In all of these cases, information tied to a single taxon may be labeled with multiple different labels. This will result in false negative results in search and retrieval across data stores containing multiple names for the taxon.

Mitigation of synonyms

Different approaches have been applied to overcome the impact on recall inherent to synonymy.

  • “Fuzzy” name-matching services are used to group orthographic variants and misspellings (Rees 2014).

  • Taxonomic names servers, such as provided by uBio, iPlant and ITIS offer thesaurus-like services that provide the list of related names that can be used to conflate a search and improve recall (Remsen 2014, Boyle et. al. 2013) (Integrated Taxonomic Information System 2014).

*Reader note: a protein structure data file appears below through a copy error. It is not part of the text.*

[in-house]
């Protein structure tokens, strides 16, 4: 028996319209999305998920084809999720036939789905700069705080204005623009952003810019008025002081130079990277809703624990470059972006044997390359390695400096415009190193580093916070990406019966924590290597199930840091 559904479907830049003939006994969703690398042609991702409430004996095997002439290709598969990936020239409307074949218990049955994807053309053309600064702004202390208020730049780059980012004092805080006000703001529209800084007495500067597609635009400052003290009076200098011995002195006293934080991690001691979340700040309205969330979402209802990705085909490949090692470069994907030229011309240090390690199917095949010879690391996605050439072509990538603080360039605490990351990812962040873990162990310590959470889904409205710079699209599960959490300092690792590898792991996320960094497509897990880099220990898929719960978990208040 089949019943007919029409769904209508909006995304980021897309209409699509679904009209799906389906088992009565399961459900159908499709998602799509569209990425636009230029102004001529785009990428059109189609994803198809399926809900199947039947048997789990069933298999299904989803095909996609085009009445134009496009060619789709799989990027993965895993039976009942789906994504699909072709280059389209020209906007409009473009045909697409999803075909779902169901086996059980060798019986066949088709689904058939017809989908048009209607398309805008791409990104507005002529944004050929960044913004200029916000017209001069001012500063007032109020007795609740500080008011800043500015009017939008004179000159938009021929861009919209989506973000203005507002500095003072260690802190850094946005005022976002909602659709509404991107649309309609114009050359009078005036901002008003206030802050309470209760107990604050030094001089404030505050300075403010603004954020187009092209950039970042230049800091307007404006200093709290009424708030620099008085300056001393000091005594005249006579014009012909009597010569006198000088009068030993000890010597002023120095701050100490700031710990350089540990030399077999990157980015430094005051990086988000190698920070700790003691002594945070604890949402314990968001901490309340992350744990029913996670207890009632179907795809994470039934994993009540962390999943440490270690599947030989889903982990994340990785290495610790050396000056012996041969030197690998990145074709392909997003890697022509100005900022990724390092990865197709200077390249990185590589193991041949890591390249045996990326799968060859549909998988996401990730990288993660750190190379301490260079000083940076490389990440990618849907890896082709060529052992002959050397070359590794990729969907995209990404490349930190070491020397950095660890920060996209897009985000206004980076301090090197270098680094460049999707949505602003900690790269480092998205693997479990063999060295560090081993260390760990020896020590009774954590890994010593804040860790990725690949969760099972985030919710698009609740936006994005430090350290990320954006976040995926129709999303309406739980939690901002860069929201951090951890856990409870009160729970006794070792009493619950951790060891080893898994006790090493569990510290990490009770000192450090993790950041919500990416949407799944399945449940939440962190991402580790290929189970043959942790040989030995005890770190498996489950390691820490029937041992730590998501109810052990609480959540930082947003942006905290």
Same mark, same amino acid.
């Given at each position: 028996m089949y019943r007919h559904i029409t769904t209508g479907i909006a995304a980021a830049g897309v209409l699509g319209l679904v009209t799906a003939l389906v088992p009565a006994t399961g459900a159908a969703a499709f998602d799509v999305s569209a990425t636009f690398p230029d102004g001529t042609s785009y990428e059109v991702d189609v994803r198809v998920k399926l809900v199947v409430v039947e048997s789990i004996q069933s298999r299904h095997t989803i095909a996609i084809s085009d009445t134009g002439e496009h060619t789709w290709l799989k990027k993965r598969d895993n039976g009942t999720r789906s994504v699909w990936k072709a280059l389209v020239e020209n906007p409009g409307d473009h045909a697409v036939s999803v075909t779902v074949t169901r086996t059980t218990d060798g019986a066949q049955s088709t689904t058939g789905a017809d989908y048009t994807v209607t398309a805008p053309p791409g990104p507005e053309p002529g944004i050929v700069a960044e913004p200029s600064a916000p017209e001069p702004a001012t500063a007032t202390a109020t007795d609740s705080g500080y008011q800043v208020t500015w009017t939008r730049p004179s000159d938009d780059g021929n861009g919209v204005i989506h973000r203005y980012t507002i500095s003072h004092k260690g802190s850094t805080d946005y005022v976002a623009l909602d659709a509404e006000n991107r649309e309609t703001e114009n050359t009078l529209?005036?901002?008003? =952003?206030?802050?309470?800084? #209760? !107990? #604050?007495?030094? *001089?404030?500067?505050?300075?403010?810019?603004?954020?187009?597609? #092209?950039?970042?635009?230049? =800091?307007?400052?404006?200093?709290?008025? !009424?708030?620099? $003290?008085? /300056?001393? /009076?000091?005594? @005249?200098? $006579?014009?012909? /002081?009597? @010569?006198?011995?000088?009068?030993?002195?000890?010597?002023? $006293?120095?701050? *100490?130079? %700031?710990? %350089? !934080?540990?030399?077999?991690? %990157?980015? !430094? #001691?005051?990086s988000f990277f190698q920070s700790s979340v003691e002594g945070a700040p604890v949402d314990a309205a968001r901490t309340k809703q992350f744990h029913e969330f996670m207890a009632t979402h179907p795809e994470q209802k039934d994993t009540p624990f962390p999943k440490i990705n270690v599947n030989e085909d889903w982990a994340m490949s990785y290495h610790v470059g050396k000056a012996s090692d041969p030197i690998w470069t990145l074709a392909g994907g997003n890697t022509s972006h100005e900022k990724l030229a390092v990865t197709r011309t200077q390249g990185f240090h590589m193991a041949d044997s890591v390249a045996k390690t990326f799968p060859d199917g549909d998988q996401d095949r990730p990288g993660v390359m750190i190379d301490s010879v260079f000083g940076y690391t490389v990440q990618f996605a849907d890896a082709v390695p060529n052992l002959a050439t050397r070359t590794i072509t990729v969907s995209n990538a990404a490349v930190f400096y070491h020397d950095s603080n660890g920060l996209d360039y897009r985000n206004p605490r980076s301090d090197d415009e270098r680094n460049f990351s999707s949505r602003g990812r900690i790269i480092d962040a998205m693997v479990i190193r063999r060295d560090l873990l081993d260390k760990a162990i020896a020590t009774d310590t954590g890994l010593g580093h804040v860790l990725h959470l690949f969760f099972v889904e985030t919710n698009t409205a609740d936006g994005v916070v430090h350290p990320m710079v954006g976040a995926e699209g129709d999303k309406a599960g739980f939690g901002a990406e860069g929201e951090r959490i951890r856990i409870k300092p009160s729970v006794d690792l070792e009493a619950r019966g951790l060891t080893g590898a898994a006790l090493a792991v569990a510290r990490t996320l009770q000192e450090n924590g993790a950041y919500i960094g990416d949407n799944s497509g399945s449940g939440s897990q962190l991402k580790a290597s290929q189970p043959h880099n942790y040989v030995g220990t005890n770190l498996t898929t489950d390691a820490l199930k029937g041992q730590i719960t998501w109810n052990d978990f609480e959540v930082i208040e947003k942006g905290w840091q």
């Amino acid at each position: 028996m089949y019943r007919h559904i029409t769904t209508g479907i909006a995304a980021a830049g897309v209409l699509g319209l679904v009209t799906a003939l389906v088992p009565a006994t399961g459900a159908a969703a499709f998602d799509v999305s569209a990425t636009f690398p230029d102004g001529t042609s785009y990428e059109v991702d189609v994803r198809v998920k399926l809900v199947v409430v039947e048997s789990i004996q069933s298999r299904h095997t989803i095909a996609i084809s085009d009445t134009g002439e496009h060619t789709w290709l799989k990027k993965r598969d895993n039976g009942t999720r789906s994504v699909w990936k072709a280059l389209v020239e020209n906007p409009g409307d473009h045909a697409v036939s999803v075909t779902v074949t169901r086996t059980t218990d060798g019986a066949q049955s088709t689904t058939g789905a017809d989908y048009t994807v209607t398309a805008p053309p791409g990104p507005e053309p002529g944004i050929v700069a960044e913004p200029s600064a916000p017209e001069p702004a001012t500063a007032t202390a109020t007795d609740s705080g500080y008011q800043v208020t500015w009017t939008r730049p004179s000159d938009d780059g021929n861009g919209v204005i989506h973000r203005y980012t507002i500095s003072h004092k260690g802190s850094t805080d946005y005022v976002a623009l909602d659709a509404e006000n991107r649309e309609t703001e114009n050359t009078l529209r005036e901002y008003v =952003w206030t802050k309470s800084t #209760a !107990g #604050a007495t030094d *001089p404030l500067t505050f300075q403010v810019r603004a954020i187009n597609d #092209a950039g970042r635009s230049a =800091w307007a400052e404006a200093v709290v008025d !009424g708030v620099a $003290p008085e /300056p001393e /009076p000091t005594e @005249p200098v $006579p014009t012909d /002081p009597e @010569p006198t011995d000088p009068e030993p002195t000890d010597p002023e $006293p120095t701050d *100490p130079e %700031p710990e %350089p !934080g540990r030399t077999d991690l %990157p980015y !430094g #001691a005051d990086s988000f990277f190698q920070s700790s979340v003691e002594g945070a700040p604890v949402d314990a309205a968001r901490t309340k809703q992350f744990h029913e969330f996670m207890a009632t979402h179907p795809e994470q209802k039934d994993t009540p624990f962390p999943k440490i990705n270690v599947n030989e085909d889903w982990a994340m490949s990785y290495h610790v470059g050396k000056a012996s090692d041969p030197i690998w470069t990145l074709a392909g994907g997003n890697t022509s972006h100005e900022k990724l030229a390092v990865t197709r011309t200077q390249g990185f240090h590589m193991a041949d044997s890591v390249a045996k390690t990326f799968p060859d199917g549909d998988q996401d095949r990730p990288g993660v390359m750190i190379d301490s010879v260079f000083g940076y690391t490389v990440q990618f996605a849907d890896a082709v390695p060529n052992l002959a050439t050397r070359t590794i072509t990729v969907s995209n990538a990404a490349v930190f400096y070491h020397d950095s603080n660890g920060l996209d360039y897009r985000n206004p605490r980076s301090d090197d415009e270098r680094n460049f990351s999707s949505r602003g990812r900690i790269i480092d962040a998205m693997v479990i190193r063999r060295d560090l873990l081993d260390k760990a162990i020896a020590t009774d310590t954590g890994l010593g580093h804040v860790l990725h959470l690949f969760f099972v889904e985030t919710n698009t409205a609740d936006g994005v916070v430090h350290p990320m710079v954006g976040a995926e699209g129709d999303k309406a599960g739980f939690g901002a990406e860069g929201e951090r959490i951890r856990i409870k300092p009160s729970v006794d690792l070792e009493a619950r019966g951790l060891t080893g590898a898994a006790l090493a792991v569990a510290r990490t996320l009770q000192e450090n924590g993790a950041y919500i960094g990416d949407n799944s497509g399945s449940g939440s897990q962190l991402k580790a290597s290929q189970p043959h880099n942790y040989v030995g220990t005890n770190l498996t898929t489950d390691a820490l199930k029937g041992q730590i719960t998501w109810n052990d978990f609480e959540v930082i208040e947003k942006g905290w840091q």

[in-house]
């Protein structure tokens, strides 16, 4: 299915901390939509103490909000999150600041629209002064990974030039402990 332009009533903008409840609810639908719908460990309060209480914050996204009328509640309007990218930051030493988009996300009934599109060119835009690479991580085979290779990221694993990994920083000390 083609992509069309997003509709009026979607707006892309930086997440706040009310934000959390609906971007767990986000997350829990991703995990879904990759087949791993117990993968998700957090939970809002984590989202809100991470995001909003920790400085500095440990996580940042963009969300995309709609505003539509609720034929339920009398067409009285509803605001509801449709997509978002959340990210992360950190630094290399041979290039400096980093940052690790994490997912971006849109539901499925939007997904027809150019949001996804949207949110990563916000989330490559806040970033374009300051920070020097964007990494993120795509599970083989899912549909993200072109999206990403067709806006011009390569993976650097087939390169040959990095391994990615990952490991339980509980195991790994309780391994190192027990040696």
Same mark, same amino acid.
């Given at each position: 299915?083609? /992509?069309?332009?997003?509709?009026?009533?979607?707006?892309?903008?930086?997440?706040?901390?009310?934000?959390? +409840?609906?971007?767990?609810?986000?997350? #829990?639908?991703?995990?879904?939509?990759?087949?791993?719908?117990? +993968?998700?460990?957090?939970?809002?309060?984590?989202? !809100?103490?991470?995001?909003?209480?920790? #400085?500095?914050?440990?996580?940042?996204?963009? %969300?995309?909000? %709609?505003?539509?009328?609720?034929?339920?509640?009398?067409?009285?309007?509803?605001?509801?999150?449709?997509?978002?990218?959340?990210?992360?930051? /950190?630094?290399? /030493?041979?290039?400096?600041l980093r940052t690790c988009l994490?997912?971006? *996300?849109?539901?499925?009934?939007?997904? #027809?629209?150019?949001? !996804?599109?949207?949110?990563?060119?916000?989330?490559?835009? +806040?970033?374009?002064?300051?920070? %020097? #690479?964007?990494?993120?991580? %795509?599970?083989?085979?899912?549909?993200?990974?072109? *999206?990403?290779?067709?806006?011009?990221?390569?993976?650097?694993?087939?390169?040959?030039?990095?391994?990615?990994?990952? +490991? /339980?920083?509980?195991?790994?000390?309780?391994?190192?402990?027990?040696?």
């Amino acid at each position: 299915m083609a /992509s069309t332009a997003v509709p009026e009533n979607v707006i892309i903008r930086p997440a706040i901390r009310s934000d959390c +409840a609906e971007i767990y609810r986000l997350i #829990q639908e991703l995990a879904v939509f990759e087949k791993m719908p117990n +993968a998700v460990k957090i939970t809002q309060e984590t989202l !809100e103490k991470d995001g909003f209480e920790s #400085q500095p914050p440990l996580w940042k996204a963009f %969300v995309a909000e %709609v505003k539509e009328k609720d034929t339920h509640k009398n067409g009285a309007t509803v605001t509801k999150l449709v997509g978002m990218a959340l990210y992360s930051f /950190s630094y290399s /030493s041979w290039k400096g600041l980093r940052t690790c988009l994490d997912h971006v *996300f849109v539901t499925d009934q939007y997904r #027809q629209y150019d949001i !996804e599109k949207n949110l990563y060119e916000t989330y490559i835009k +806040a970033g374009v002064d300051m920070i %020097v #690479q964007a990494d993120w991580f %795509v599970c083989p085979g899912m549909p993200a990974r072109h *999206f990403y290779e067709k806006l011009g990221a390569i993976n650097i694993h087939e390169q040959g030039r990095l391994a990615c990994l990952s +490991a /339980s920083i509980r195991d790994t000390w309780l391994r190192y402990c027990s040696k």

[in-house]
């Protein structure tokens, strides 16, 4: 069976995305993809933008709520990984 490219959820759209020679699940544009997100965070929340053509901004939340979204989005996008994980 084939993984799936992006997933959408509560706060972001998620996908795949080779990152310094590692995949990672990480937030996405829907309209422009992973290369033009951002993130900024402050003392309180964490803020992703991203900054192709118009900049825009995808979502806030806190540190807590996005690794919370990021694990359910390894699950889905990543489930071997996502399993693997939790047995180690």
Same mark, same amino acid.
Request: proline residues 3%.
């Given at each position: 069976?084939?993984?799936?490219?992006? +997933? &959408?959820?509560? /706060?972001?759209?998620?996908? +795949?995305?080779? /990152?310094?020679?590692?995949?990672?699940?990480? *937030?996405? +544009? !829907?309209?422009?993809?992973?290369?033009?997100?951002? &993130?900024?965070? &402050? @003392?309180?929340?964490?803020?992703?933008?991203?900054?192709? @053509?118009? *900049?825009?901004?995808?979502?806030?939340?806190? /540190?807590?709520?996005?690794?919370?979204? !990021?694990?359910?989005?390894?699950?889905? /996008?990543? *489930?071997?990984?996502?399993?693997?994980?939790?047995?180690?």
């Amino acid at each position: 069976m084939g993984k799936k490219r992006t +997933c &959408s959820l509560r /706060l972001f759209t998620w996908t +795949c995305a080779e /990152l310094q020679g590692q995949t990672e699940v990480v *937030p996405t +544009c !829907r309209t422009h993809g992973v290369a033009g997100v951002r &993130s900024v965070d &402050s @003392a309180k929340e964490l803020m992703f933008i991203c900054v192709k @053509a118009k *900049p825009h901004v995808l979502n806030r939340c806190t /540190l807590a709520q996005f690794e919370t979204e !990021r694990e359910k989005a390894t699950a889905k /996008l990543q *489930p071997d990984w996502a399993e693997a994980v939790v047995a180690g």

One-to-Many (1:N) Cardinality Impacts Result
Syntax Semantics Precision False positives
One name Multiple meanings

Homonyms are two identically-spelled names that refer to two distinct taxa. For example, the genus Aotus refers to both a legume and a primate (Remsen and Patterson 2010). The species Agathis montana may be either a wasp or a conifer (Encyclopedia of Life 2014). Secondary homonyms are a consequence of transferring a species to a new genus that already contains the constructed binomial (Dickinson 2016).

The word homograph is similarly used to refer to two identically-spelled words and broadens the definition outside of biological taxonomy. Cancer, for example, is both a genus of crab and a medical condition. The result, however is the same: a one-to-many (1:N) relationship between syntax (one name) and semantics (two taxa). This has the following impact on relevance:

  • Recall – Homonyms do not impact recall in this condition, because, by definition, only a single name is relevant and false negative matches are not possible.

  • Precision – Homonyms impact precision because the name is ambiguous and can produce false positive results when a match is made to a non-target taxon.

Mitigation of homonyms